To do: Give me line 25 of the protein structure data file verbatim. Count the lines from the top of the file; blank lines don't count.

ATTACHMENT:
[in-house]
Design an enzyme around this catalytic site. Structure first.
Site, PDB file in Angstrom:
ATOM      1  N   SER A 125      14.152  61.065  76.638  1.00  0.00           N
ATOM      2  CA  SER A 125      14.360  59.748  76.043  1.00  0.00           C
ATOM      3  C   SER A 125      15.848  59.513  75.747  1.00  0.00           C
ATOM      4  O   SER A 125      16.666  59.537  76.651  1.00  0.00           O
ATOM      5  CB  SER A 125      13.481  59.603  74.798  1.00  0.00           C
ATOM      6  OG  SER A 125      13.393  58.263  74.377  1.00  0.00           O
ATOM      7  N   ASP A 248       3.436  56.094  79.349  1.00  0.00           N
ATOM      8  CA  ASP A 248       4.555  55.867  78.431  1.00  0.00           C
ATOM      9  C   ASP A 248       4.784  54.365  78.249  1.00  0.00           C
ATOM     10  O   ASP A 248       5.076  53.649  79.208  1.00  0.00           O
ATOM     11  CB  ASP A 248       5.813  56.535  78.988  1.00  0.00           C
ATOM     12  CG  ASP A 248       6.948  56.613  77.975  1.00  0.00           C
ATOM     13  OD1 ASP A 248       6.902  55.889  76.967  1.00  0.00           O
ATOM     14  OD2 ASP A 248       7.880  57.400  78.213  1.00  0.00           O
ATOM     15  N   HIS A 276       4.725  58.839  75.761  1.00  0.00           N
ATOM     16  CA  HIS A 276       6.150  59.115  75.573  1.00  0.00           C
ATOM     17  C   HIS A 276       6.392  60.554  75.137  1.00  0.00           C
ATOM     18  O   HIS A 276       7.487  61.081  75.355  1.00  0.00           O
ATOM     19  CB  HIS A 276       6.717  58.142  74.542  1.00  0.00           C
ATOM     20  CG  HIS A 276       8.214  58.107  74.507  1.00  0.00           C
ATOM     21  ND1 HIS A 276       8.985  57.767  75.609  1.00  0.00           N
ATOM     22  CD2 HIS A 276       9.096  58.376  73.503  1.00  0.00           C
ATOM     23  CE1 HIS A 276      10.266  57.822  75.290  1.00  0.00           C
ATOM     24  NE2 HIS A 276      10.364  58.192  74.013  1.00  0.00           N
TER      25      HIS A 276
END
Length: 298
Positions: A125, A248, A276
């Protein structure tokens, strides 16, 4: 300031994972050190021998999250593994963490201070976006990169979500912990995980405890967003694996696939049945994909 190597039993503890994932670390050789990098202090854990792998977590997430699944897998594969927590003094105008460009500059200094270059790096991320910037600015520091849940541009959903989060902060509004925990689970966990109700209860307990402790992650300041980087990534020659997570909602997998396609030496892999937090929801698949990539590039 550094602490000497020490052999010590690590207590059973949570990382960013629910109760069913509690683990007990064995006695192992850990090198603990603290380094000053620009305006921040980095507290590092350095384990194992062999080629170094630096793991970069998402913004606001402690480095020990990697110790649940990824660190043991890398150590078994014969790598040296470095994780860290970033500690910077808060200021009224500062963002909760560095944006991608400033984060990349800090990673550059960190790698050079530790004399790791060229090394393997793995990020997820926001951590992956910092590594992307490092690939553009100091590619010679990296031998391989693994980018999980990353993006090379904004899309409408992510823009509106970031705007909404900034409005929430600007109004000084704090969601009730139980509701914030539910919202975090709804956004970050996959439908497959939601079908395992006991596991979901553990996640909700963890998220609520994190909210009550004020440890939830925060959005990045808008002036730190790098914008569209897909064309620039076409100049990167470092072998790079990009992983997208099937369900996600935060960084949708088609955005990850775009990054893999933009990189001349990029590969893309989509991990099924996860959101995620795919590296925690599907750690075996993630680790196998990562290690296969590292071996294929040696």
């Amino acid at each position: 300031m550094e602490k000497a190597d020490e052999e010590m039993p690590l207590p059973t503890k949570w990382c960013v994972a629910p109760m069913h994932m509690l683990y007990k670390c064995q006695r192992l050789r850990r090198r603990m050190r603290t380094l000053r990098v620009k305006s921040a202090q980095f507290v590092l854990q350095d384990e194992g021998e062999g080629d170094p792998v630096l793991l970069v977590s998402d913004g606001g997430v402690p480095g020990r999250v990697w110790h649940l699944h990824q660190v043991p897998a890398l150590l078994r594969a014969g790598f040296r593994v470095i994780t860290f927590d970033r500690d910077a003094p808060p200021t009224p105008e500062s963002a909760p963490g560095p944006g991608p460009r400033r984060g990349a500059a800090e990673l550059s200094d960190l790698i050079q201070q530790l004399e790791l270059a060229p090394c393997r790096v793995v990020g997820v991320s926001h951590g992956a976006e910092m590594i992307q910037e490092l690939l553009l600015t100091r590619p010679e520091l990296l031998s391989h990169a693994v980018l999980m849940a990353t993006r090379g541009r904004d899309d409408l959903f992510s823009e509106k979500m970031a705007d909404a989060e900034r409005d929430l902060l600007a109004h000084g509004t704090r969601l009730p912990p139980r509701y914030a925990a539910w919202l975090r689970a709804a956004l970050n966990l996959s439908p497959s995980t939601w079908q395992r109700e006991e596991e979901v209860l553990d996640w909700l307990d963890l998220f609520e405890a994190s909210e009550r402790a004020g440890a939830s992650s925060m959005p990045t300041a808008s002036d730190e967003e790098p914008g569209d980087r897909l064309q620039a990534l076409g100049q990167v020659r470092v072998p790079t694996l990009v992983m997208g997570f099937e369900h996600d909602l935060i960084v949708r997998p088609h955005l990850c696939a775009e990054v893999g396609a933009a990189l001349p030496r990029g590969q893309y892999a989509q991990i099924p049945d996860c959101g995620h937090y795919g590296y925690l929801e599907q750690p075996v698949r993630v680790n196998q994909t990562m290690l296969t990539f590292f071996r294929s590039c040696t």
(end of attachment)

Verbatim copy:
ATOM     22  CD2 HIS A 276       9.096  58.376  73.503  1.00  0.00           C